The truth is I don’t even remember what we said to each other that day. That day, in front of all of our friends and family, we repeated words as we stammered through our nerves. I don’t remember a single one. What I do know is that day, before all those near and dear, I made a public proclamation to do always and forever and I meant it to the deepest core of me.
There is a saying of the ‘seven year itch’ described by Wikipedia as ‘a psychological term that suggests that happiness in a relationship declines after seven years of marriage. The phrase originated as a name for irritating and contagious skin complaints of a long duration…’
Well guess who’s rounding up to her seven year wedding anniversary?
Here’s the thing.
I may not remember the words recited. I may not remember the majority of details of that day that started it all and I don’t care, because ultimately it isn’t the words or the little details that matter. Regardless of whether the roof had caved in and my dress got stuck in the back of my underwear, we just wanted an official proclamation of our belonging to each other. A wedding is ONE (albeit special) day, the introduction to the ultimate story of your lives. My sincere hope for all of you however, is for every day after because they are what create the chapters that define how your book will read.
And marriage will read messy.
I get why there is a term about a seven year itch. I do. I don’t know why it is the seventh year that was deemed the deciding factor, but I do understand that there is a term for happiness declining in marriage. Marriage isn’t about being happy, not all the time anyway. Marriage isn’t even about love really, not all the time anyway. From the moment you enter into marriage life is irrevocably changed. Never again will life be about just you and your ‘stuff’ again. You are forever joined, and that can get itchy. The wedding industry (a multi-BILLION dollar industry) along with Pinterest in its infinite creative wisdom, have developed a brand that has made marriage about the wedding experience. Photographed for thousands of dollars to capture all the tireless details of the infamous big day. On the opposite spectrum there is an equally thriving industry of divorce attorneys and mediators on a park bench near you eager to help transition you out of your marriage as painlessly as possible. Both serve their purpose and both are missing the point.
Somewhere along the line we have been misled.
We live in a culture of feelings, immediacy and 1×1 filtered squares in our instafeeds. Marriage doesn’t align with any of those things and because of that all too many couples experience that ‘itch’ early on. Falling in love with my husband, I was so caught up by the surge of new and powerful feelings that my face hurt from the beaming smile etched across it day after day. Imagine my joy when he asked for always and forever with me…an emphatic yes! We exchanged our rings and said the I Do’s and then a big whopping dose of LIFE happened. Career paths changed amidst full-time work and school, every other year babies happened at the end of long, difficult, hormone surged pregnancies coupled with zero sleep from the first and then the second little darling we were blessed with. A long streak of financial strain on the shoulders of one while fumbling through establishing whatever this ‘mom role’ world meant and was supposed to look like. Things weren’t easy. Marriage wasn’t easy. In fact, life felt hard.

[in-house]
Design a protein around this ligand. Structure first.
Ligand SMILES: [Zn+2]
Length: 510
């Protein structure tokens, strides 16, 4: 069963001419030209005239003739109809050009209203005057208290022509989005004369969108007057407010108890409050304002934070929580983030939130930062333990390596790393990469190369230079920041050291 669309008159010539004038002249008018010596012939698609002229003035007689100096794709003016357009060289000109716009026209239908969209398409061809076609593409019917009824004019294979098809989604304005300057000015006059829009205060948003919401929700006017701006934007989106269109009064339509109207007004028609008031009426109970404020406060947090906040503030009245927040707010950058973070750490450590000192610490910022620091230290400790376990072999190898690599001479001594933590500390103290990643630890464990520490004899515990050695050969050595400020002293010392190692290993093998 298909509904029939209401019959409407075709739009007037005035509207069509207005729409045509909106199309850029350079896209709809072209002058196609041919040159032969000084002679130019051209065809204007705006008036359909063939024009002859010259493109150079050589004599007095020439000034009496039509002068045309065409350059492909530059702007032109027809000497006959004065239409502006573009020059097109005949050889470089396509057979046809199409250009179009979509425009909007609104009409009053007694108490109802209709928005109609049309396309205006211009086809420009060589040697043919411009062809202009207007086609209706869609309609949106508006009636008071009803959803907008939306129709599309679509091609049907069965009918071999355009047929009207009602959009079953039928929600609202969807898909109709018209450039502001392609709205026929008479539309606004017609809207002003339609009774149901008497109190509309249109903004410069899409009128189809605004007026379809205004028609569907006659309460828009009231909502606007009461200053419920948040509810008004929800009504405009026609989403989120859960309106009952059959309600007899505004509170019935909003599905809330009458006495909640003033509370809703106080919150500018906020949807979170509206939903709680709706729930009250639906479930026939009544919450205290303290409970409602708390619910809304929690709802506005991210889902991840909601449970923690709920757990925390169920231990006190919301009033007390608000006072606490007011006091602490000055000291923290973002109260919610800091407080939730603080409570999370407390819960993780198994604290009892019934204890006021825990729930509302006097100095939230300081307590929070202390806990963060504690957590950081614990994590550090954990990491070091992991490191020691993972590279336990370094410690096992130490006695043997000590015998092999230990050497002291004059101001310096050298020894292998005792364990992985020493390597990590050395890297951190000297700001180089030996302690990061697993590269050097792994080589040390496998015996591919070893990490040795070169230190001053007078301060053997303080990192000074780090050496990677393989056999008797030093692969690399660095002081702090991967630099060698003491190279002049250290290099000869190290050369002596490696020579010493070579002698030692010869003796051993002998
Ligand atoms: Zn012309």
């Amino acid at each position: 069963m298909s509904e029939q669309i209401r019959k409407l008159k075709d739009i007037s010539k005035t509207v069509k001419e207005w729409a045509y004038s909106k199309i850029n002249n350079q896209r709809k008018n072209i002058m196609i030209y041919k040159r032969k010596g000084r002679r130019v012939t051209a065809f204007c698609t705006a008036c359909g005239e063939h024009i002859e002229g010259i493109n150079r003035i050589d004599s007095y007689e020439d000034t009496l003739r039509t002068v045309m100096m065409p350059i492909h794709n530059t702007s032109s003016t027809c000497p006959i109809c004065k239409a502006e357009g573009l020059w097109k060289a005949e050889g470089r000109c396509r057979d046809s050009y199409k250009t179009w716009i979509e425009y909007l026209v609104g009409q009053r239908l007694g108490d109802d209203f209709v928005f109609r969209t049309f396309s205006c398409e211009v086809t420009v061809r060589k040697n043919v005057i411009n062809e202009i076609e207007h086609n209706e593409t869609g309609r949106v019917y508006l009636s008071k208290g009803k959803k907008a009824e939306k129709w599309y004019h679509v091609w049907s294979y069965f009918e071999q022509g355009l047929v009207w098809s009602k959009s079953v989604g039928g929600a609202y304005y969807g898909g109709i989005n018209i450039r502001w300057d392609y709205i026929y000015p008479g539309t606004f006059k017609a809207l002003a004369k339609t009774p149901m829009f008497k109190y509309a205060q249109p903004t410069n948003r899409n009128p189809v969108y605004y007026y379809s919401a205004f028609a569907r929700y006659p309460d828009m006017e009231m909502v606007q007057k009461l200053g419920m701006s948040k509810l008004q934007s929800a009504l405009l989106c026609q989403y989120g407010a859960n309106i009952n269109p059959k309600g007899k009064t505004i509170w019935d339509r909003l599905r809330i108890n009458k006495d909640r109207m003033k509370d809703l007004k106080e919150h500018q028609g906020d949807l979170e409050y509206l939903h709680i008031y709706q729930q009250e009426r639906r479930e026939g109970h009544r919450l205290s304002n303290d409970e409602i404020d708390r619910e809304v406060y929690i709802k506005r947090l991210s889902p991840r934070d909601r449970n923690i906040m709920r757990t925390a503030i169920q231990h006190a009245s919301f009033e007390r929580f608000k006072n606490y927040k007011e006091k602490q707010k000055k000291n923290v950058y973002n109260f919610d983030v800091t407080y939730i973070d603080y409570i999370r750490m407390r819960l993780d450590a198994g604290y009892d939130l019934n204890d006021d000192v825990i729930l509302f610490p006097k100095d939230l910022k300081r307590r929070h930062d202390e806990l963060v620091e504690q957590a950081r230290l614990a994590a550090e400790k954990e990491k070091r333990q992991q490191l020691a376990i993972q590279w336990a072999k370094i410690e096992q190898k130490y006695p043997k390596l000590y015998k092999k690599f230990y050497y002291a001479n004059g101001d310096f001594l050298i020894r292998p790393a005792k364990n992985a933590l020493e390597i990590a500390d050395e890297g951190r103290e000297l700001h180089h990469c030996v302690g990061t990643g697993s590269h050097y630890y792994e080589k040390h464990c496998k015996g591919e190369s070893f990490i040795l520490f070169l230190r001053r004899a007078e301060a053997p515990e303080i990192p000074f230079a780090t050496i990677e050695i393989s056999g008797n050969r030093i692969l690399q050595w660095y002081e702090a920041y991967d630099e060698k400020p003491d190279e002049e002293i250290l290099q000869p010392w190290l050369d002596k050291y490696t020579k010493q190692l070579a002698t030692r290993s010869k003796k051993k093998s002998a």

Our culture is forever encouraging us to follow our own path, to do what feels right to us, to be free, to do what makes us feel happy. Are these things wrong? NO! Are they natural? Of course! It is our human nature to be concerned with ourselves first.
Marriage isn’t about one person though.
Marriage is about showing up. Marriage is about biting your tongue and offering your ear. Marriage is about hearing the words that the other can’t say and a willingness to forgive the ones that they do. Marriage is a daily choice based on a commitment and it isn’t always going to feel easy. It is however, always going to feel worth it. Developing your communication style, appreciating the others idiosyncrasies, learning how to read between the lines, these things all take time. Seasons in all areas of life change and not always in a pace that we might hope for or expect, but I promise that they do change.
I married a man that I respected enough to follow and trusted enough to walk by my side. Our season is changing, moving toward our seventh year after several itchy, hard and transitional years.
I have to tell you that I feel like we’ve finally found that sweet spot.